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 # 377  

 November 2001




National Missile Defense: Learning the Lessons of Pearl Harbor

by Grant Threlfall

 

I remember sitting on my grandfather's knee as he told me about Pearl Harbor. In 1941, while war raged elsewhere, America was at peace. Then, from across the sea, an enemy struck our naval base at Pearl Harbor, killing over 2,000 Americans in an attack most people thought would never happen. The next day, my grandfather left college and enlisted in the Marines. Millions of other young men, including my other grandfather, also joined the armed services to defend our country.

The American military has come a long way since Pearl Harbor. American soldiers are now the best-trained and well-armed force in the world. American forces dominate the air, land and sea in every aspect of warfare. We routing the Taliban with only a fraction of our forces, and faster than most experts predicted. Our military leadership in the Gulf War led to one of the most decisive victories in the history of armed conflict. Only 313 American troops were killed in the Gulf War, while the fourth largest army in the world - that of Iraq - was left devastated.

Yet, the e vents of September 11 have proven that even the most advanced, powerful country can still be vulnerable.

My father was an infantryman in Vietnam. More than once, he has reminded me that "there is only one truth in war; young men die." To let people die needlessly, however, is a travesty.

Today, the Army is developing anti-missile systems to protect its troops from missile attacks. An advanced version of the Patriot system known as PAC-3 (1) is nearly ready for deployment, as is a high-powered laser system called THEL.(2) The Navy has protected ships against missiles for 20 years with the AEGIS system.

Our military will be better protected against missiles than the U.S. civilian populace. That is not how it should be. The United States military has learned the value of protecting itself from missile attacks. Our politicians need to realize the importance of protecting civilians. It makes sense for our enemies to want us to fail to defend ourselves, but it is unconscionable that some politicians and liberal interest groups still oppose creating a national missile defense to protect all Americans from attack.

Politicians opposed to developing and deploying a national missile defense system know the threat is real. The new chairman of the Senate Armed Services Committee, Senator Carl Levin (D-MI), admitted it, noting, "it is clear that the threat is a real one from rogue states such as Iran and North Korea."(3)

Senator Levin wants to divert proposed missile defense funding to address quality of life problems facing military personnel. It is true that Clinton-era military cutbacks have led to soldiers relying on food stamps, and this is an outrage and should be addressed. But we should not, and need not, risk millions of civilian lives in order to do so.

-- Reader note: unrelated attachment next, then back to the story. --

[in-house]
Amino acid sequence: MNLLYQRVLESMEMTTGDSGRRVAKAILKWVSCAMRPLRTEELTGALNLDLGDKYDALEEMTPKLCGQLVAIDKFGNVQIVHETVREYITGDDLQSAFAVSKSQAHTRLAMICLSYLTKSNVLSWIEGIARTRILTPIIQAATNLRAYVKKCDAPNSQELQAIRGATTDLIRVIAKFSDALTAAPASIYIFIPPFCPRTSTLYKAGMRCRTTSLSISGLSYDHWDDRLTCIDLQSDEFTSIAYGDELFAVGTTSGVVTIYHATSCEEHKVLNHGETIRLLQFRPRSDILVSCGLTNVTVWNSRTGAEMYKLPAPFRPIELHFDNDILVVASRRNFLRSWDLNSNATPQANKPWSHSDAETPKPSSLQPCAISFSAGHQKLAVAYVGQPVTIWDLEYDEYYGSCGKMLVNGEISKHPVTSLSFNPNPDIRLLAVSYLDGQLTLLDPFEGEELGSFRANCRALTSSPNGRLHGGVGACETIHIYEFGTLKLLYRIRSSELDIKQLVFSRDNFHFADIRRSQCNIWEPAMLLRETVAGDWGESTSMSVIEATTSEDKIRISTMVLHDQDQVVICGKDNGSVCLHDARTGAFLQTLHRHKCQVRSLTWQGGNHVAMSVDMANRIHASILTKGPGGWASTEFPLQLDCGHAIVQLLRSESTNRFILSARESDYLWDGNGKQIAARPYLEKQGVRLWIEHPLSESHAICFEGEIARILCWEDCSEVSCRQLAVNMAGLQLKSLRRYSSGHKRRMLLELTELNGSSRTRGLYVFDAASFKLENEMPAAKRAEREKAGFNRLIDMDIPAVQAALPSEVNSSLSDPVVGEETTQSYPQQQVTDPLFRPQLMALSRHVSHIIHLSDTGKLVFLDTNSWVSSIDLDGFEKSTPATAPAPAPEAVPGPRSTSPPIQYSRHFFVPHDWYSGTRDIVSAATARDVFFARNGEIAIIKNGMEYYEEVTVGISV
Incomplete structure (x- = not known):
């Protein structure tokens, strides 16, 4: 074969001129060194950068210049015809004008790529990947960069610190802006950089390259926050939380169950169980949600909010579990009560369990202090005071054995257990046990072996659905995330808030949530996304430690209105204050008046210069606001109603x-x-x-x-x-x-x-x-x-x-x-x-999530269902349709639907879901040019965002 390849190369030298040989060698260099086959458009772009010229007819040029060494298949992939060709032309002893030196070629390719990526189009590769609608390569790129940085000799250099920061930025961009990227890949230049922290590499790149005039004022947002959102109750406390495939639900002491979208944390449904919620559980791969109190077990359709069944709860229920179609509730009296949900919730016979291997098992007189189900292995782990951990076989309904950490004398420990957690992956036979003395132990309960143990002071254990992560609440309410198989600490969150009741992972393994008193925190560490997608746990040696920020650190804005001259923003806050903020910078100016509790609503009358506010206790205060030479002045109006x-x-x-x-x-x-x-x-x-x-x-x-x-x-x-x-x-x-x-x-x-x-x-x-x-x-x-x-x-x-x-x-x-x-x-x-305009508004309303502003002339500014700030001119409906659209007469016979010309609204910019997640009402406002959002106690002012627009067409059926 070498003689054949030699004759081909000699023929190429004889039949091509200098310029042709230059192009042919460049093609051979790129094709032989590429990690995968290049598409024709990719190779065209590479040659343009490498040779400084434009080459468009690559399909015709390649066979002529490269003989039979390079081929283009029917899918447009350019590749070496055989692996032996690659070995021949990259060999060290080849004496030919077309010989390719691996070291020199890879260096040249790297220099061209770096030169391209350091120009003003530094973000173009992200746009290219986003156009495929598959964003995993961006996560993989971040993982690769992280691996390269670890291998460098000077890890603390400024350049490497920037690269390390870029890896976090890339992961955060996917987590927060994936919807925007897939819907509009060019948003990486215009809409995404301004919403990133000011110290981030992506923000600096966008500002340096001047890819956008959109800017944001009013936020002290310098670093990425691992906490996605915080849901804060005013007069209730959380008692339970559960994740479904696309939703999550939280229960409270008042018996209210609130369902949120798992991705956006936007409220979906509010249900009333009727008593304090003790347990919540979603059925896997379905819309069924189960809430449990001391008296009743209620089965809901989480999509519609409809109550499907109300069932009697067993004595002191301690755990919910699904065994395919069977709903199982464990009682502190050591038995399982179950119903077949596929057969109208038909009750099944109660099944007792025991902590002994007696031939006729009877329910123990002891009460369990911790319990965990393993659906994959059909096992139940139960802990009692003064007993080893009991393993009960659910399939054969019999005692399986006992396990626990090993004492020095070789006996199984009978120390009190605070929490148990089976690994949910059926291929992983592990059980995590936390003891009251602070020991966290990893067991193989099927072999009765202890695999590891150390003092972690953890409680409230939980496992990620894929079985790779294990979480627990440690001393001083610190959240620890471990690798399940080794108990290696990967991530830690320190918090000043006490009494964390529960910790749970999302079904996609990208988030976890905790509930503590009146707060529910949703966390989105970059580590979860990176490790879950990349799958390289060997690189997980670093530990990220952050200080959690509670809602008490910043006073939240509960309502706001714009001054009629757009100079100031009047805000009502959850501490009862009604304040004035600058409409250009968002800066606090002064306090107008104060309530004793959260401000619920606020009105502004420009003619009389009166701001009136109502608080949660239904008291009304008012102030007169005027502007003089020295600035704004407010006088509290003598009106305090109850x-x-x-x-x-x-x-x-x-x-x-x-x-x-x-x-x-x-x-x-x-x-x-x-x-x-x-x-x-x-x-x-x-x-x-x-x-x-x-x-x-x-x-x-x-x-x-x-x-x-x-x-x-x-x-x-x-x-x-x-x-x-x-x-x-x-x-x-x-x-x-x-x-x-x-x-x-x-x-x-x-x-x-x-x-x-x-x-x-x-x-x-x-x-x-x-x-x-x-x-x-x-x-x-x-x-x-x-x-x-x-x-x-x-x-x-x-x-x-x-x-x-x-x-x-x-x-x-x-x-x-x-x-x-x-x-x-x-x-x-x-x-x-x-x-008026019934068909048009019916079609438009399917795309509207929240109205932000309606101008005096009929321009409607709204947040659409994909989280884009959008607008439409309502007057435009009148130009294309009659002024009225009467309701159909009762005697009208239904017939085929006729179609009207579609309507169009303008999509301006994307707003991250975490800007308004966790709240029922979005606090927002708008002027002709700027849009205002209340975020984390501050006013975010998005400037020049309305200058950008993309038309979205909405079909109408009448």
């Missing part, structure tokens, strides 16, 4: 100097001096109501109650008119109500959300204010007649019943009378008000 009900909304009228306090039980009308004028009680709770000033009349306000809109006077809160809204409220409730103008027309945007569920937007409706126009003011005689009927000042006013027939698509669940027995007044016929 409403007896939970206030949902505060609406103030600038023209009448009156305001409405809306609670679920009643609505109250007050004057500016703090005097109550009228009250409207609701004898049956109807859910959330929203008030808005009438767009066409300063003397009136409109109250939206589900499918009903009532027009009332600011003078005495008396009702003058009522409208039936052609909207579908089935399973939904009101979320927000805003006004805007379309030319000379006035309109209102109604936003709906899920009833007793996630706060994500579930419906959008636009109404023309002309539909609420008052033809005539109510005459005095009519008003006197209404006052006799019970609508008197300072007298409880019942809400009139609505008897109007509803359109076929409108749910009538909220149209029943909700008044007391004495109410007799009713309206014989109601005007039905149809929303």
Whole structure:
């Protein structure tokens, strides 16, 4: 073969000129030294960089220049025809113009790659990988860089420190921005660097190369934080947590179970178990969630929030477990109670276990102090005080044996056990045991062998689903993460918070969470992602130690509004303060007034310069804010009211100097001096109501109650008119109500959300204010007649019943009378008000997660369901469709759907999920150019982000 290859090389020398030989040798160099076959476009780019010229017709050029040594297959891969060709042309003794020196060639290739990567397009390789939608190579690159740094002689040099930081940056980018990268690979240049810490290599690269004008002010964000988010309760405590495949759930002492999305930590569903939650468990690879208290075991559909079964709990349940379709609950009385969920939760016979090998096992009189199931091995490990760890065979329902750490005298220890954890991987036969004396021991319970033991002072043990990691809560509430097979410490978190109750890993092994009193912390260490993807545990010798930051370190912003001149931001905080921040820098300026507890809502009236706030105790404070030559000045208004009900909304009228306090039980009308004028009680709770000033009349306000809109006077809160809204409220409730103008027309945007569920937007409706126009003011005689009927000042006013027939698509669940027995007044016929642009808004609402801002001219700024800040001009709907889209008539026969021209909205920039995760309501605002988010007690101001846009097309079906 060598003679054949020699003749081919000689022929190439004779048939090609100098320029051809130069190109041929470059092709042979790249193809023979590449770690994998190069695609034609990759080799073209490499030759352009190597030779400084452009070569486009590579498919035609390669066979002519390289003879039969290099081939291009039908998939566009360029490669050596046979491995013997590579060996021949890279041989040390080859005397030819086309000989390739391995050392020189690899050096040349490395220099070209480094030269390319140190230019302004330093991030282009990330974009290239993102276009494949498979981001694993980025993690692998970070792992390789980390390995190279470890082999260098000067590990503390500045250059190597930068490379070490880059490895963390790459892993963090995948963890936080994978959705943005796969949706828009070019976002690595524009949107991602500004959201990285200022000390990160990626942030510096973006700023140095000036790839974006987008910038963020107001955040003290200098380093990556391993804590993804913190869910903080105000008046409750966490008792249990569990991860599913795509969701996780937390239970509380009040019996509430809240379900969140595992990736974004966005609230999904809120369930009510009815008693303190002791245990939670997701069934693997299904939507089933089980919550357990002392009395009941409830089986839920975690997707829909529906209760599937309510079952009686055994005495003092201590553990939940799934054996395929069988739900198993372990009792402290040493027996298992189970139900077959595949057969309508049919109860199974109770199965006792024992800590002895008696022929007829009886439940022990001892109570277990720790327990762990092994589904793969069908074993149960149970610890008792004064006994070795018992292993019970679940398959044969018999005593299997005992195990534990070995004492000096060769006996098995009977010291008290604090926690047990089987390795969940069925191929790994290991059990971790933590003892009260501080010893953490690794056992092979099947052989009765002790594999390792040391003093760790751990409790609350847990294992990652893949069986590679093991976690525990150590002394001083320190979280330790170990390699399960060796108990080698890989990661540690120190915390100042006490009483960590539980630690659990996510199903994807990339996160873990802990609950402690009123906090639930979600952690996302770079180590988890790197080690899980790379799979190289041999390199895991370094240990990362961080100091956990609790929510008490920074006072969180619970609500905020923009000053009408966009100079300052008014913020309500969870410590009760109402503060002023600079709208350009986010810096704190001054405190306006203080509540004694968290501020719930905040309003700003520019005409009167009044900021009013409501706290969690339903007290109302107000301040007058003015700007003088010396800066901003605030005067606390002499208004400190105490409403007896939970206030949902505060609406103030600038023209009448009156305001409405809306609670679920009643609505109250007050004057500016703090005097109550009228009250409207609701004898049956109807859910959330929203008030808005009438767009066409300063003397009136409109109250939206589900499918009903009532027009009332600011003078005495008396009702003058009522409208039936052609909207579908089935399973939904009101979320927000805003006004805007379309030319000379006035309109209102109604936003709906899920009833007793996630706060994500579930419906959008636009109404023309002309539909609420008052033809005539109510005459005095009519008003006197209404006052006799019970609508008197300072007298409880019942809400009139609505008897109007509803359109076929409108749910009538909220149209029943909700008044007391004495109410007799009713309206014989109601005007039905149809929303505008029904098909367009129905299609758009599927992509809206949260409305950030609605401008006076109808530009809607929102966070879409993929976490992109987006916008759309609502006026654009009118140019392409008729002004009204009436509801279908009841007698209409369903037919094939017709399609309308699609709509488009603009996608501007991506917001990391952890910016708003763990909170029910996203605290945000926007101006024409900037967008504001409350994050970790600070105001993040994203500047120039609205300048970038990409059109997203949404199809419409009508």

Our greatest national security danger right now is not an invasion. It takes the shape of a mushroom cloud over one of our cities. It is a threat against which no rifleman, sailor or airman can, by himself, defend us. A national missile defense is required.

When President Ronald Reagan proposed developing missile defense, critics derided it as "Star Wars" fantasy and said it would never work. They were wrong. On Saturday, July 14, 2001, a missile interceptor successfully distinguished between a decoy and its intended target - another missile launched 4,800 miles away and traveling thousands of miles an hour. The interceptor scored a direct hit and utterly destroyed the missile.

Missile defense clearly can work. All that remains is to deploy this protective shield.

In 1941, almost no one thought the Japanese would strike at Pearl Harbor. On September 11, Americans hard at work at their Pentagon and World Trade Center offices thought they were safe. In both cases those few who had warned of danger were considered alarmist. We were complacent, and we paid the price. Let us learn from the experience.


Footnotes:

1. "Patriot Advanced Capability (PAC-3): Overview," The Boeing Company, Incorporated, Everett, WA, downloaded from http://www.boeing.com/defense-space/missiles/pac3/ on July 11, 2001.
2. "Laser Systems: Government Products and Programs, Tactical High Energy Laser (THEL)," TRW Inc., downloaded from
www.trw.com/productsandservices/main/0,,4_39_841_844_853^5^853^853,00.html on July 11, 2001.
3. Senator Carl Levin, remarks at the National Missile Defense Symposium, CATO Institute, the Council for a Livable World Education Fund and the National Defense University Foundation, Washington, D.C., June 27, 2000, downloaded from
http://www.senate.gov/~levin/releases/062700pr1.htm on July 11, 2001.

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Grant Threlfall is a research associate for The National Center for Public Policy Research, a non-partisan Washington, D.C. think tank. He can be reached at [email protected].




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